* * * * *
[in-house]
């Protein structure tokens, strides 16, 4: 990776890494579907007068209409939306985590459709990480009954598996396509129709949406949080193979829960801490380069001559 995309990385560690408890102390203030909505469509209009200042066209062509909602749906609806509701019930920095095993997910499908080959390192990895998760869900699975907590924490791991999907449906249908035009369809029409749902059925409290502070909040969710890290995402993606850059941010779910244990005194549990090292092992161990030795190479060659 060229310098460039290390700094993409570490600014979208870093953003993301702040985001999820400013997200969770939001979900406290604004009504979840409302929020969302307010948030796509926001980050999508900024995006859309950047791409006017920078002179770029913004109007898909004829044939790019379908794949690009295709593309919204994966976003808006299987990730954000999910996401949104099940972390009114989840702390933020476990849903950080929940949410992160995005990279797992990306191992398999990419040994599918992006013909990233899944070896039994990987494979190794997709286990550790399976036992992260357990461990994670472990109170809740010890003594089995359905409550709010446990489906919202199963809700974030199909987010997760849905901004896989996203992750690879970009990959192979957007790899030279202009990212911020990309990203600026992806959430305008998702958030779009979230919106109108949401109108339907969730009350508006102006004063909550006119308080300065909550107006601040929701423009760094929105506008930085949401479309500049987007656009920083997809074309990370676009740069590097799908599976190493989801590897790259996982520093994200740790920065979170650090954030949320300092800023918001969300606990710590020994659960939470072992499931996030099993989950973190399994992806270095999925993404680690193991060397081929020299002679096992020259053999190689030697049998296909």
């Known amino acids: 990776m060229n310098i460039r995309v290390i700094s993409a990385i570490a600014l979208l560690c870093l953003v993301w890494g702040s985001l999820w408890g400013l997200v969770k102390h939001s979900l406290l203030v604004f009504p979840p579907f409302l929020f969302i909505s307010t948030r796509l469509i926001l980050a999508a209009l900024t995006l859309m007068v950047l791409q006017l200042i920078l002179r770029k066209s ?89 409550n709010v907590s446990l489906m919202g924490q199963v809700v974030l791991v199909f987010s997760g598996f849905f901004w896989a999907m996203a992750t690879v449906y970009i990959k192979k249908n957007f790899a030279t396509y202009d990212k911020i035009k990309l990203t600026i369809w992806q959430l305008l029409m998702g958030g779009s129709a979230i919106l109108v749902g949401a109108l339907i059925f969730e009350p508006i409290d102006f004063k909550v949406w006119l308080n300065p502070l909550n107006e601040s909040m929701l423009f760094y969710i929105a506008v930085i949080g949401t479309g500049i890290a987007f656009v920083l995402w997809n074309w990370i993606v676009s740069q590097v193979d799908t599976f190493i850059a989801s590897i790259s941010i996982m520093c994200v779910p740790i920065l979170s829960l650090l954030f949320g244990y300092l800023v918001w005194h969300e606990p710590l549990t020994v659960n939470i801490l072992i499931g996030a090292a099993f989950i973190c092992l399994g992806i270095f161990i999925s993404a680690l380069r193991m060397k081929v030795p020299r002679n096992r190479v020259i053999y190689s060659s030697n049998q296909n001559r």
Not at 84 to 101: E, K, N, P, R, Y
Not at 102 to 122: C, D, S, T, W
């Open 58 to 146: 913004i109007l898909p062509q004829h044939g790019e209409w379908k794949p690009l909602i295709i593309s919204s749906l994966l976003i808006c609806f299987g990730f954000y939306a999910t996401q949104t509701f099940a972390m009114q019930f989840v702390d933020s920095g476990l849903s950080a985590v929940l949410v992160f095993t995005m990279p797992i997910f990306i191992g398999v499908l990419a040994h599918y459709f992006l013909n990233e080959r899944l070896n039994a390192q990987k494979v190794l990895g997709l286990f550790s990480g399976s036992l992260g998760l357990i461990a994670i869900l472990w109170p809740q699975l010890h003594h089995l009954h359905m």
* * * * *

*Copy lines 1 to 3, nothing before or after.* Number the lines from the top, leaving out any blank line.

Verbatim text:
[in-house]
């Protein structure tokens, strides 16, 4: 990776890494579907007068209409939306985590459709990480009954598996396509129709949406949080193979829960801490380069001559 995309990385560690408890102390203030909505469509209009200042066209062509909602749906609806509701019930920095095993997910499908080959390192990895998760869900699975907590924490791991999907449906249908035009369809029409749902059925409290502070909040969710890290995402993606850059941010779910244990005194549990090292092992161990030795190479060659 060229310098460039290390700094993409570490600014979208870093953003993301702040985001999820400013997200969770939001979900406290604004009504979840409302929020969302307010948030796509926001980050999508900024995006859309950047791409006017920078002179770029913004109007898909004829044939790019379908794949690009295709593309919204994966976003808006299987990730954000999910996401949104099940972390009114989840702390933020476990849903950080929940949410992160995005990279797992990306191992398999990419040994599918992006013909990233899944070896039994990987494979190794997709286990550790399976036992992260357990461990994670472990109170809740010890003594089995359905409550709010446990489906919202199963809700974030199909987010997760849905901004896989996203992750690879970009990959192979957007790899030279202009990212911020990309990203600026992806959430305008998702958030779009979230919106109108949401109108339907969730009350508006102006004063909550006119308080300065909550107006601040929701423009760094929105506008930085949401479309500049987007656009920083997809074309990370676009740069590097799908599976190493989801590897790259996982520093994200740790920065979170650090954030949320300092800023918001969300606990710590020994659960939470072992499931996030099993989950973190399994992806270095999925993404680690193991060397081929020299002679096992020259053999190689030697049998296909």
């Known amino acids: 990776m060229n310098i460039r995309v290390i700094s993409a990385i570490a600014l979208l560690c870093l953003v993301w890494g702040s985001l999820w408890g400013l997200v969770k102390h939001s979900l406290l203030v604004f009504p979840p579907f409302l929020f969302i909505s307010t948030r796509l469509i926001l980050a999508a209009l900024t995006l859309m007068v950047l791409q006017l200042i920078l002179r770029k066209s ?89 409550n709010v907590s446990l489906m919202g924490q199963v809700v974030l791991v199909f987010s997760g598996f849905f901004w896989a999907m996203a992750t690879v449906y970009i990959k192979k249908n957007f790899a030279t396509y202009d990212k911020i035009k990309l990203t600026i369809w992806q959430l305008l029409m998702g958030g779009s129709a979230i919106l109108v749902g949401a109108l339907i059925f969730e009350p508006i409290d102006f004063k909550v949406w006119l308080n300065p502070l909550n107006e601040s909040m929701l423009f760094y969710i929105a506008v930085i949080g949401t479309g500049i890290a987007f656009v920083l995402w997809n074309w990370i993606v676009s740069q590097v193979d799908t599976f190493i850059a989801s590897i790259s941010i996982m520093c994200v779910p740790i920065l979170s829960l650090l954030f949320g244990y300092l800023v918001w005194h969300e606990p710590l549990t020994v659960n939470i801490l072992i499931g996030a090292a099993f989950i973190c092992l399994g992806i270095f161990i999925s993404a680690l380069r193991m060397k081929v030795p020299r002679n096992r190479v020259i053999y190689s060659s030697n049998q296909n001559r």